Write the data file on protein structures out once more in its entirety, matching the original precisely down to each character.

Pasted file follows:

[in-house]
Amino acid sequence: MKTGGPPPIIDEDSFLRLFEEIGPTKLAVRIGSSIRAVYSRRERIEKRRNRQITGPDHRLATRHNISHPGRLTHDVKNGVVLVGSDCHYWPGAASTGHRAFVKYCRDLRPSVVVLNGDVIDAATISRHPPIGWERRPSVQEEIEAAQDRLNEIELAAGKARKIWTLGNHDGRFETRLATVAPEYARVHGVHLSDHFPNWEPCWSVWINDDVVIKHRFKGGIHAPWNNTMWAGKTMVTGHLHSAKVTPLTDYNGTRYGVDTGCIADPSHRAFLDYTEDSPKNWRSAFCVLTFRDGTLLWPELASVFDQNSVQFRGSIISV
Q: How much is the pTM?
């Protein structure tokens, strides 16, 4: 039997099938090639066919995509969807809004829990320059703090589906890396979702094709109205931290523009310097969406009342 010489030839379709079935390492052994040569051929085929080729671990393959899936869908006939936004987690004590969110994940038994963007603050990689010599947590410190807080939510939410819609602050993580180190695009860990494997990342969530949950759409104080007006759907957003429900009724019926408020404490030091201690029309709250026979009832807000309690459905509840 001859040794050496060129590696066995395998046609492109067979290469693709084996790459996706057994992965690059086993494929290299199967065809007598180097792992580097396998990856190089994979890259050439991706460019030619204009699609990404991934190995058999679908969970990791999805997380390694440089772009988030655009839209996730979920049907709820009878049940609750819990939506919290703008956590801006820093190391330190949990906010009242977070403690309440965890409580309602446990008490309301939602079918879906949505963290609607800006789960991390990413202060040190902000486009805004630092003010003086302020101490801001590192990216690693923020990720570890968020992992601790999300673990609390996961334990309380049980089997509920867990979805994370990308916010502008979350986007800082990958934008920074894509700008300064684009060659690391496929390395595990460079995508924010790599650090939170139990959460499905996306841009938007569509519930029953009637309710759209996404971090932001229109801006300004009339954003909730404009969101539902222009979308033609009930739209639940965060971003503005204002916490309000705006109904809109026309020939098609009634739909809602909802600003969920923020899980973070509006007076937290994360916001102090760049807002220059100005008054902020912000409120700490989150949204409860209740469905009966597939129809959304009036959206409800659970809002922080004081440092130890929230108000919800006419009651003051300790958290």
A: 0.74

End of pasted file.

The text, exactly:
[in-house]
Amino acid sequence: MKTGGPPPIIDEDSFLRLFEEIGPTKLAVRIGSSIRAVYSRRERIEKRRNRQITGPDHRLATRHNISHPGRLTHDVKNGVVLVGSDCHYWPGAASTGHRAFVKYCRDLRPSVVVLNGDVIDAATISRHPPIGWERRPSVQEEIEAAQDRLNEIELAAGKARKIWTLGNHDGRFETRLATVAPEYARVHGVHLSDHFPNWEPCWSVWINDDVVIKHRFKGGIHAPWNNTMWAGKTMVTGHLHSAKVTPLTDYNGTRYGVDTGCIADPSHRAFLDYTEDSPKNWRSAFCVLTFRDGTLLWPELASVFDQNSVQFRGSIISV
Q: How much is the pTM?
């Protein structure tokens, strides 16, 4: 039997099938090639066919995509969807809004829990320059703090589906890396979702094709109205931290523009310097969406009342 010489030839379709079935390492052994040569051929085929080729671990393959899936869908006939936004987690004590969110994940038994963007603050990689010599947590410190807080939510939410819609602050993580180190695009860990494997990342969530949950759409104080007006759907957003429900009724019926408020404490030091201690029309709250026979009832807000309690459905509840 001859040794050496060129590696066995395998046609492109067979290469693709084996790459996706057994992965690059086993494929290299199967065809007598180097792992580097396998990856190089994979890259050439991706460019030619204009699609990404991934190995058999679908969970990791999805997380390694440089772009988030655009839209996730979920049907709820009878049940609750819990939506919290703008956590801006820093190391330190949990906010009242977070403690309440965890409580309602446990008490309301939602079918879906949505963290609607800006789960991390990413202060040190902000486009805004630092003010003086302020101490801001590192990216690693923020990720570890968020992992601790999300673990609390996961334990309380049980089997509920867990979805994370990308916010502008979350986007800082990958934008920074894509700008300064684009060659690391496929390395595990460079995508924010790599650090939170139990959460499905996306841009938007569509519930029953009637309710759209996404971090932001229109801006300004009339954003909730404009969101539902222009979308033609009930739209639940965060971003503005204002916490309000705006109904809109026309020939098609009634739909809602909802600003969920923020899980973070509006007076937290994360916001102090760049807002220059100005008054902020912000409120700490989150949204409860209740469905009966597939129809959304009036959206409800659970809002922080004081440092130890929230108000919800006419009651003051300790958290």
A: 0.74